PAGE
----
"Princess Mononoke" is an animated drama film from those fine folks over at "Studio Ghibli". This film starts off with a prince named Ashitaka who is riding his loyal pet Elk (who looks more like an Antelope) named Yakul only to hear that their village is being attacked. What they saw attacking them was something rarely scene and that thing was a Forest God in a form of a Wart Hog but not just any Forest God as this Forest God was so corrupted with hatred that he turned into a vengeful demon. After a long hard battle they slay the demon but not without tragedy as Ashitaka suffers a burn on his right arm that mutated into a curse and he hasn't got long to live. Ashitaka then travels afar to a forest to where he could possibly get his curse lifted.
On his journey he rescues two injured people who have fallen off a cliff from battling a Wolf God and then heals them up. Ashitaka returns the two people home only to find out that they are iron miners that work at an iron mine. Lady Eboshi (the boss of the mine) sends him her gratitude and shows him around. Turns out that they are mining iron from under a mountain to where Forest Gods live and the Forest Gods are not happy and plan on taking down the mine. Now Ashitaka is caught in the middle and he doesn't want both sides to fight but to live in peace instead and put this war to rest. This is sure to be a real clash of the titans. (Click "Read More" to read the full review).
The story in this film is pretty good and was told smoothly and kept me hooked throughout the whole film. While this film does have a strong supernatural element this film felt more like a straight-up drama rather than a supernatural film. The drama in this film is very serious and was done well as it will emotionally draw you into the film. This film is surprisingly pretty violent with a bunch of blood and a little gore thrown in for good measure. This film also gives off a strong "environmental message" that normally annoys me due to how preachy and pretentious it can get but I was not annoyed by "that" message this film was telling as it wasn't preachy, pretentious, or annoying.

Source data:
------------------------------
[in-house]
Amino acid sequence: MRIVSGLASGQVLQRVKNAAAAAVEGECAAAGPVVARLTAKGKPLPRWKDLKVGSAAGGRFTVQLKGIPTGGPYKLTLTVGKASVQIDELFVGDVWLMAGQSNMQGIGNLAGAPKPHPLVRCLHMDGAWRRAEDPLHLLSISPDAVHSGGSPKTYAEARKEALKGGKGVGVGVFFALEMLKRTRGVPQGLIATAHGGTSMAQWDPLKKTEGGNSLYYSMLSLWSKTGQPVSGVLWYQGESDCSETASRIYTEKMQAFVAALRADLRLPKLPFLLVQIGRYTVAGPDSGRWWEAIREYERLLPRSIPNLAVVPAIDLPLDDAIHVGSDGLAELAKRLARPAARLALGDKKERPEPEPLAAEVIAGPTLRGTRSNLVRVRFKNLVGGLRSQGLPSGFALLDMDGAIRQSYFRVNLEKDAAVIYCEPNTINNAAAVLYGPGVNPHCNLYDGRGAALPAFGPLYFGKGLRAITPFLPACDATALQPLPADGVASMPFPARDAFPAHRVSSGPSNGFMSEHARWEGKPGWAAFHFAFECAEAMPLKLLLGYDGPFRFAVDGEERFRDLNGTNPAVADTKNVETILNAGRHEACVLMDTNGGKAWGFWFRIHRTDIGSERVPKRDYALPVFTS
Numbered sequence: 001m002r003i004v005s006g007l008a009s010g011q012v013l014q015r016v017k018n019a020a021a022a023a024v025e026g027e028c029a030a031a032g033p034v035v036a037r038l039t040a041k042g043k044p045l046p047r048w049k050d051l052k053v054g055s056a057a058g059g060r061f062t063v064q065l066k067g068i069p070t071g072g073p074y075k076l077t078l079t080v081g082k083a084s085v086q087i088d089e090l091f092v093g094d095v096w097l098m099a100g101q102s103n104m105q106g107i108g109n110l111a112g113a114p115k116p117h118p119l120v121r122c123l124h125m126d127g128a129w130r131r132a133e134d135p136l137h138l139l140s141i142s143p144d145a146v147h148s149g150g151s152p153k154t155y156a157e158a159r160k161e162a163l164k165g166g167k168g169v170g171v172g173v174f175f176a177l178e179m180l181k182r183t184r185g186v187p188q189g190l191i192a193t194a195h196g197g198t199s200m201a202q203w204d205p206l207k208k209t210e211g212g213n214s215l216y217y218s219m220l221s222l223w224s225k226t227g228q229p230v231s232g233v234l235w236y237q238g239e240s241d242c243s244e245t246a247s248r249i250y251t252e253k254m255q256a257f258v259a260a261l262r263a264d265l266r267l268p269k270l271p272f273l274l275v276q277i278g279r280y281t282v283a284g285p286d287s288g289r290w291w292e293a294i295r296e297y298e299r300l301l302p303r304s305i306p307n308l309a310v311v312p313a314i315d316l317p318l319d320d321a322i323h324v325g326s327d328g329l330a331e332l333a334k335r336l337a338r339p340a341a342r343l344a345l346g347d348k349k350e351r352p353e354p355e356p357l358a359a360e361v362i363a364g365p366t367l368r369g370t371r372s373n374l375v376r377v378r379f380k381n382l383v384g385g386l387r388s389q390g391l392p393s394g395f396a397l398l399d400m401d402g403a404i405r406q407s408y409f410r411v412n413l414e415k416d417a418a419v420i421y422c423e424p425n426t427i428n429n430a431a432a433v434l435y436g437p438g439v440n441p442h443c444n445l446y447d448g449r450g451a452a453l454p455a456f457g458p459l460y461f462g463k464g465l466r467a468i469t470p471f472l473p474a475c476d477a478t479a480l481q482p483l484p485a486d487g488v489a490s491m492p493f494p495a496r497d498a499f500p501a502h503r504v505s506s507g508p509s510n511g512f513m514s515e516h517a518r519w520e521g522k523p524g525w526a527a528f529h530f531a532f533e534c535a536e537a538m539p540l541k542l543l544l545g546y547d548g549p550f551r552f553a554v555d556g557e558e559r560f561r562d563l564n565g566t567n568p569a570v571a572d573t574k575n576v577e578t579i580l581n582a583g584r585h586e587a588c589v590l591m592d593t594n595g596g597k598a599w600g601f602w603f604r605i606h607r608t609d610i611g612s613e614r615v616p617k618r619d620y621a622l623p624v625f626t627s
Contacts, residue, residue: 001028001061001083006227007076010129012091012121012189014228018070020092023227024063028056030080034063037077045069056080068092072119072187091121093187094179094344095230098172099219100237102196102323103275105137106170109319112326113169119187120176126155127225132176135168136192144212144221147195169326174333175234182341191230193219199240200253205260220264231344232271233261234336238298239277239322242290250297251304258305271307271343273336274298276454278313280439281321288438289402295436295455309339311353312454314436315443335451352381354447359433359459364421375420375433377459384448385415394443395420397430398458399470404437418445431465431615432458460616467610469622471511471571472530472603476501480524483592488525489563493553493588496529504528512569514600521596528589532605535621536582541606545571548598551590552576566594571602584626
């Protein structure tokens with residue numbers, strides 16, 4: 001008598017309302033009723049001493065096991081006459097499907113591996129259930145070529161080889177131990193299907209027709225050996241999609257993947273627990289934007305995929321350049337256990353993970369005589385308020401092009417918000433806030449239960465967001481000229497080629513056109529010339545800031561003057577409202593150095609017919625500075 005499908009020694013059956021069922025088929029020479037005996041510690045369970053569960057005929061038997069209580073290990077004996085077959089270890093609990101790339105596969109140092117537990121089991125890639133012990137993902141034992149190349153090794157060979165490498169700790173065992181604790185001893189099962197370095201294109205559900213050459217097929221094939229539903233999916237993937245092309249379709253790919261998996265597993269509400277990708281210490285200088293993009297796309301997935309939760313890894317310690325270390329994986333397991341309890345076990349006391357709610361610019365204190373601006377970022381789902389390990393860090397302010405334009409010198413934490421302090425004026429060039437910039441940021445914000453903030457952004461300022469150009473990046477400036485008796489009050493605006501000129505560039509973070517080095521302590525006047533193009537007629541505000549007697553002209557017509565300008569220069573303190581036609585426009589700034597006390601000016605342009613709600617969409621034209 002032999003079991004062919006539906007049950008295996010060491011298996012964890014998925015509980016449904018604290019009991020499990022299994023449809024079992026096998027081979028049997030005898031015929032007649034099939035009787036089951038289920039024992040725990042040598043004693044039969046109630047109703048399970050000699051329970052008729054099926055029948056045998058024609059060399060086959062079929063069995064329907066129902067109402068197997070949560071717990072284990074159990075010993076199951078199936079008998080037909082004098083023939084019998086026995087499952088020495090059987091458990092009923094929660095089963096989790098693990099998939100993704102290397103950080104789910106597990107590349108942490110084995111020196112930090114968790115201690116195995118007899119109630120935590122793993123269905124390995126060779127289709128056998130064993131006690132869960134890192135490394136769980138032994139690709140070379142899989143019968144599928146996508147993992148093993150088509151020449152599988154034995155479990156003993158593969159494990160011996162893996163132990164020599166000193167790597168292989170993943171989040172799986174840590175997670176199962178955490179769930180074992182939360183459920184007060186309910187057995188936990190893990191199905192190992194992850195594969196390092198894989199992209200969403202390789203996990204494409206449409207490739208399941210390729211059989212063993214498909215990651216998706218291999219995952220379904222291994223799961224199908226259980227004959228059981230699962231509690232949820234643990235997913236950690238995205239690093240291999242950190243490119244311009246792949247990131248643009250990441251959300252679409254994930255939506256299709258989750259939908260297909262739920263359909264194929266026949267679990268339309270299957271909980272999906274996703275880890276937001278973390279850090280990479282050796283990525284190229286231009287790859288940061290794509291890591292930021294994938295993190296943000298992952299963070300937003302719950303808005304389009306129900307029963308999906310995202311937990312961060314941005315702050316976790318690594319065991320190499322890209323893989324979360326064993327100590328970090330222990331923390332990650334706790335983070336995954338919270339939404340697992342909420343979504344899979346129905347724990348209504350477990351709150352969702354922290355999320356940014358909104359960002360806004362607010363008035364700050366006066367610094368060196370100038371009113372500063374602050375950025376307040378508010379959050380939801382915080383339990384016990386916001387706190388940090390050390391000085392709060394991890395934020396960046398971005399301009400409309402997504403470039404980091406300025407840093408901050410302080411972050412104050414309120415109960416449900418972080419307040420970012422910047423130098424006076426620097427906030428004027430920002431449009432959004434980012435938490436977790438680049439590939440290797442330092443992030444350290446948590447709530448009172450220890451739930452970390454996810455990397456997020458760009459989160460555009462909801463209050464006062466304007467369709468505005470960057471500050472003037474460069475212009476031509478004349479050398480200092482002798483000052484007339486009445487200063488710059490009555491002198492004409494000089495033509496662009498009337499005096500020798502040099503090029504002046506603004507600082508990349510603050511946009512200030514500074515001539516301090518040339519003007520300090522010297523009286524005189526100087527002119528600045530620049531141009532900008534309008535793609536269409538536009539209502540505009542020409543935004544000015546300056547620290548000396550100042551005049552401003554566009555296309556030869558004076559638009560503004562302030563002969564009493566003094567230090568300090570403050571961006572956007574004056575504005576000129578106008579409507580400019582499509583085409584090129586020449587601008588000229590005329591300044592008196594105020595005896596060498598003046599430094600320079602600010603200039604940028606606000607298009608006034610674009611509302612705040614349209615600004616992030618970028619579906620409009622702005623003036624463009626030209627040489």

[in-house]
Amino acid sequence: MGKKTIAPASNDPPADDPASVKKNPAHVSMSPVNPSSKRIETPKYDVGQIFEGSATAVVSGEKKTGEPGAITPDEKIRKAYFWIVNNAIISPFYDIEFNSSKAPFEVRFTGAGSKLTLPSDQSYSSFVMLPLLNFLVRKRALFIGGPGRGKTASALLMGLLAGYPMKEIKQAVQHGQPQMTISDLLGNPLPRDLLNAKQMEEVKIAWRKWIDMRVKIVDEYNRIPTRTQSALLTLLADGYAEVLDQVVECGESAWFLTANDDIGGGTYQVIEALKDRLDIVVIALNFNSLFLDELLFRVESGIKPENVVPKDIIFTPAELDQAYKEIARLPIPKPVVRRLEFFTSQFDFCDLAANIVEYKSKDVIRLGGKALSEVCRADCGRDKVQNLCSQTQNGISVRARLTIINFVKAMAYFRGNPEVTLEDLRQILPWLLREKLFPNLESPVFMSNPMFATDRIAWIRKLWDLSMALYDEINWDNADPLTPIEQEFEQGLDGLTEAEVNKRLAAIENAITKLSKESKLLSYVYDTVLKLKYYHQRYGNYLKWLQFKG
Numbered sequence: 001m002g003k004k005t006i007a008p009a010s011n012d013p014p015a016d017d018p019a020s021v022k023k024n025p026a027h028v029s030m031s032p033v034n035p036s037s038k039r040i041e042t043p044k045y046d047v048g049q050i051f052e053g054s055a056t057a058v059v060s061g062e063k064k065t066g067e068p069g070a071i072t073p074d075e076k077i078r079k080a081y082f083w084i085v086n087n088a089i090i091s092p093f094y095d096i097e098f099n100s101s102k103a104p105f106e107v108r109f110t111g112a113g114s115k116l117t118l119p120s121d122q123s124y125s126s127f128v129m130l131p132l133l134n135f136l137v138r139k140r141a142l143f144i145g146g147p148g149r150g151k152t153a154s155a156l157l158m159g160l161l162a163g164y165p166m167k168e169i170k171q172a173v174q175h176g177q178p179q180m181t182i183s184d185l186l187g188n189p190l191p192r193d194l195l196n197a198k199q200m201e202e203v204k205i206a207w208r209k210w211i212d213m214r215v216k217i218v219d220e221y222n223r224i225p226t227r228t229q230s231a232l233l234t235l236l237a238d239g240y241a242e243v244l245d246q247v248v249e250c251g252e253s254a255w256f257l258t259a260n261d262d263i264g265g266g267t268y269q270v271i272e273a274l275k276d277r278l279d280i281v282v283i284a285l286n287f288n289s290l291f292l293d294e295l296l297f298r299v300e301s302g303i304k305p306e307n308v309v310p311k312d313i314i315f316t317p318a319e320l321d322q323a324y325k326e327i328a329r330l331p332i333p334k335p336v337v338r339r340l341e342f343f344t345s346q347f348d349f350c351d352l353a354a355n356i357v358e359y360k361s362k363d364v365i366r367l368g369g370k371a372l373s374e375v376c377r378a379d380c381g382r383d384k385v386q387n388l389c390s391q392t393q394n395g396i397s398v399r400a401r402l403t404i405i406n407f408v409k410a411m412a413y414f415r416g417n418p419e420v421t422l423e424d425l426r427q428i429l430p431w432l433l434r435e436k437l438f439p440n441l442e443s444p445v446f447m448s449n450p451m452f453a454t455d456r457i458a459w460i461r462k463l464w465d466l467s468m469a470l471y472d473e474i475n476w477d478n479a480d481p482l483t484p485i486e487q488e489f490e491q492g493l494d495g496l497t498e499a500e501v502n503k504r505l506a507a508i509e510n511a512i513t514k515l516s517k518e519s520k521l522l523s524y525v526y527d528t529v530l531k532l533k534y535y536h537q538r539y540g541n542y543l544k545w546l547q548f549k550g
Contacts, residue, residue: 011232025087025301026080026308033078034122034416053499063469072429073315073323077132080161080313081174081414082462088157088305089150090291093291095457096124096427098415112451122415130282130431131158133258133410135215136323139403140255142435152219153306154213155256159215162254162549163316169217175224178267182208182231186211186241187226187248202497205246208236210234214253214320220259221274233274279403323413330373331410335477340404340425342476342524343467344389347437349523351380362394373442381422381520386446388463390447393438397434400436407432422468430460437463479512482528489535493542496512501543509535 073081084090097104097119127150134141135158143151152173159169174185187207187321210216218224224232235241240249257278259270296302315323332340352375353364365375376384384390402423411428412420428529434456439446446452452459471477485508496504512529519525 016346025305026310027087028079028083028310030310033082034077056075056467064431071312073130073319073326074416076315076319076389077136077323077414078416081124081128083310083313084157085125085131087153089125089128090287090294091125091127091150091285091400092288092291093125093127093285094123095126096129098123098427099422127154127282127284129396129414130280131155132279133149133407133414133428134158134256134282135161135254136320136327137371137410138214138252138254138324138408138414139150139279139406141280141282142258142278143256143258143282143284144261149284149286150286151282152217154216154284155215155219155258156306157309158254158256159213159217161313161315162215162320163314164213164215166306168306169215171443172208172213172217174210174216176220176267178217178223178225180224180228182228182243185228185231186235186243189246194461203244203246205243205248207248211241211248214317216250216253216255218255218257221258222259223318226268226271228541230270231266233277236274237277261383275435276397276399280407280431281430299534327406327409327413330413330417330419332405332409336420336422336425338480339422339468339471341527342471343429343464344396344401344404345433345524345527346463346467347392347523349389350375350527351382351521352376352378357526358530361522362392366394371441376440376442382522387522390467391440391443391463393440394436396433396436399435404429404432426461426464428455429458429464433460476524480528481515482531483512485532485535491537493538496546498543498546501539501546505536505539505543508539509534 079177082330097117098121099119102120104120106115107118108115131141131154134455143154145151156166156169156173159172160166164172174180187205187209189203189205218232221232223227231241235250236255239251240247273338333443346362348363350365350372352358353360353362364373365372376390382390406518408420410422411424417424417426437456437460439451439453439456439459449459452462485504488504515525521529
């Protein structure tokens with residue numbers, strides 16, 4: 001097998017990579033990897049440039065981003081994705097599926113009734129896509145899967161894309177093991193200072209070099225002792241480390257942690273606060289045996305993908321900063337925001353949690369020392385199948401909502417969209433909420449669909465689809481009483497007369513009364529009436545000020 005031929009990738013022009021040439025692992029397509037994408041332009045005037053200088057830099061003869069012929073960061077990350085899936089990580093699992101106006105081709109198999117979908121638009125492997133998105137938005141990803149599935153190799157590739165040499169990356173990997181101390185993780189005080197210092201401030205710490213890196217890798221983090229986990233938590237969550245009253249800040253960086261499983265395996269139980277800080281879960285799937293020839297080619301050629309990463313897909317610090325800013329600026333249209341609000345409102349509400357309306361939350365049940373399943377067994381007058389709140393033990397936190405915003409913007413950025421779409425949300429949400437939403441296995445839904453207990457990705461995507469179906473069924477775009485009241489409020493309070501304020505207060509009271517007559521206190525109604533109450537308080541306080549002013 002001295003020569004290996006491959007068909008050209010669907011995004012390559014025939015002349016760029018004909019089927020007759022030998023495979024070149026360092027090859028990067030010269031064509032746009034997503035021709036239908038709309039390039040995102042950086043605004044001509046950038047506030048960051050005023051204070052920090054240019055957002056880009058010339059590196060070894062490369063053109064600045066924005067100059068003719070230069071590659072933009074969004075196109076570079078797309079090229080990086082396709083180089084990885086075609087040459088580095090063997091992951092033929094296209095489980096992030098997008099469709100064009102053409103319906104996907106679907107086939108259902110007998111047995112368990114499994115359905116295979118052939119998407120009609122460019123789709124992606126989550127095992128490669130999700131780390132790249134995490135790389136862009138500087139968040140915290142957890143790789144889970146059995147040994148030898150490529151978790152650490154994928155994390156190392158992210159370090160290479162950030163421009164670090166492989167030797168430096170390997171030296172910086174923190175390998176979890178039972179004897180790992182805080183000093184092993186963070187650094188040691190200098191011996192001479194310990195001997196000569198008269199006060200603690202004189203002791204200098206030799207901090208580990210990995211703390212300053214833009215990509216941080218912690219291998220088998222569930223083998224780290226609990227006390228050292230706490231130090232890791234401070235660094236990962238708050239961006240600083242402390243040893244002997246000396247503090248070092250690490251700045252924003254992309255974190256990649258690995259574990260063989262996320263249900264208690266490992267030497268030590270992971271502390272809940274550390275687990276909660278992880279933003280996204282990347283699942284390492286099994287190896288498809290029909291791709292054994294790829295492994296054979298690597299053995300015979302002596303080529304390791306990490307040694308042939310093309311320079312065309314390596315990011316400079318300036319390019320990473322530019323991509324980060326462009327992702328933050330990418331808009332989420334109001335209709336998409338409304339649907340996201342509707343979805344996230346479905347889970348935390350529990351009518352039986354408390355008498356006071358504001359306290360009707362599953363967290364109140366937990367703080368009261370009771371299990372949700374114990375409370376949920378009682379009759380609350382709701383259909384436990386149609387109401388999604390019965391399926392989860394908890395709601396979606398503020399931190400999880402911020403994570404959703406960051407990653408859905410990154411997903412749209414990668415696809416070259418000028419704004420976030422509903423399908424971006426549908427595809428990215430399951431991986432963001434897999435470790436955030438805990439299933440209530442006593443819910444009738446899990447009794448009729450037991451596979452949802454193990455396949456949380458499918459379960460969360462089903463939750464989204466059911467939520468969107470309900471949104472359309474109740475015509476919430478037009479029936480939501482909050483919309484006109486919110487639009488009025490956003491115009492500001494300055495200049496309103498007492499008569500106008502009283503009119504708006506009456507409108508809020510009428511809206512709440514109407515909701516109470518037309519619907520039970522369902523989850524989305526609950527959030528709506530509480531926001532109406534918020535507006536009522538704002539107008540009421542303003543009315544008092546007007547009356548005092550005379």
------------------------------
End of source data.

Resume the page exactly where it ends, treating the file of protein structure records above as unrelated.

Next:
Characters in this film were written well as they are very interesting and have an element of mystery that keeps you from turning away from the film. The characters also have a down to Earth feeling about them and that adds to the interesting nature of the characters. Each character also has a unique personality which keeps the film feeling fresh. I'd like to say that there were some characters I had a problem with but I couldn't find a character that did not find enjoyable.
Artwork in this film looks spectacular with lots of effort, detailing, and life put into it. Backgrounds have a very beautiful look as if they were pulled right from a very classy museum and they also set the mood to each scene perfectly. Character designs were really good and the humans have a very down to Earth look to them. The Forest Gods in this film all have a unique feeling to them raging from magical, creepy, scary, and even cheap as not all of them were designed well. Oddly enough the cheaper looking characters actually helped add some creepy atmosphere to the night time scenes and ironically end up being good. Animation in this film was really impressive to where I find it hard to believe that this film was animated in 1997 as it feels a few years ahead of its time.